• Publishing - editorial assistants help senior editorial staff in the administration of the commissioning, planning and production of books, journals and magazines. This role is a recognised starting point for editorial and publishing careers.
  • Writer - involved in the creation and/or development of all types of creative writing, including prose, poetry and material for the theatre, screen and radio and reviews.
  • Primary school teacher - teaches primary-aged children and develops schemes of work and lesson plans in line with curriculum objectives.
  • Secondary school teacher - teaches one or more national curriculum subjects to pupils aged 11-16, or up to 19 in schools with sixth forms.
  • English as a foreign language teacher - teaches English, either in the UK or overseas, to students whose first or main language is not English.
  • Lexicographer - writes, compiles and edits dictionaries. Monitors and records uses of language and uses databases to interrogate a wide range of evidence. Considers both the meaning and usages of words and compiles definitions in a structured manner.

Jobs where your degree would be useful:

  • Newspaper journalist - researches and writes stories for publication in local, regional and national press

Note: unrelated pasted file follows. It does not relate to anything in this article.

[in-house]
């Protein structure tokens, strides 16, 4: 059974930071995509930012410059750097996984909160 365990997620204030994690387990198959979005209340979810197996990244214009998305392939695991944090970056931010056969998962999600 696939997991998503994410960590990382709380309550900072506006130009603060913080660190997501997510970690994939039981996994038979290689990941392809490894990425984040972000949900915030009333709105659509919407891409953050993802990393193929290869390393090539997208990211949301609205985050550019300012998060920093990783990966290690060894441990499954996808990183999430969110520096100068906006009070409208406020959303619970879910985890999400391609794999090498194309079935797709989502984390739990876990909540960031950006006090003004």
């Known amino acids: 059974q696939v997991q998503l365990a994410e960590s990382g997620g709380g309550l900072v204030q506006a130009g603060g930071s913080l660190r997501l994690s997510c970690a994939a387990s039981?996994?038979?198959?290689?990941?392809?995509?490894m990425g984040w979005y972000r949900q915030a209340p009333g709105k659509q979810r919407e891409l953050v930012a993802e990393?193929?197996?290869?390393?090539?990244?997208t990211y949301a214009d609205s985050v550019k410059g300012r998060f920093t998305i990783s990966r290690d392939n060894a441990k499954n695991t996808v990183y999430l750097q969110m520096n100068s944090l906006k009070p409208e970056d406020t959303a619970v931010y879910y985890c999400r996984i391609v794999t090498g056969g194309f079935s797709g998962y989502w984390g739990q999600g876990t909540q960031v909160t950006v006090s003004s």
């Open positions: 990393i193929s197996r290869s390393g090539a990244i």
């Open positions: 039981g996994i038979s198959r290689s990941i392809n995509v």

• Advertising account executive - works in advertising or multi-service agencies, acting as a link between the clients and the agency. Has overall responsibility for the smooth running of a campaign, coordinating the activities of the advertising and administrative teams.
  • Advertising copywriter - usually works in a creative partnership with an art director to conceive, develop and produce effective advertisements.
  • Arts administrator - plans and organises events run by a wide range of arts and cultural organisations.
  • Academic librarian, information officer, records manager - responsible for the acquisition, organisation and dissemination of information and materials within the library system or information unit.
  • Charity officer - has responsibility for aspects of marketing, public relations, organising events and finance within charitable organisations.
  • Marketing executive - develops marketing campaigns that promote a product, service or idea. The role includes planning, advertising, public relations, organising events, product development, distribution, sponsorship and research.
  • Programme researcher, broadcasting/film/video - provides support to the producer and production team. Contributes ideas for programmes, sources contacts and contributors and collects, verifies and prepares information for film, television and radio productions.
  • Public relations officer - uses all forms of media and communication to build, maintain and manage the reputation of companies and organisations.
  • Runner, broadcasting/film/video - fetches, carries and does any small jobs needed for the production department of a film, video or television company. This is an entry-level role.

Work placements

We run a series of competitive, paid internships for graduates. We’ve had internships at Penguin, Myriad Editions, Chawton House Library, a research centre for 18th century women’s writing, and the international journal Short Fiction in Theory and Practice.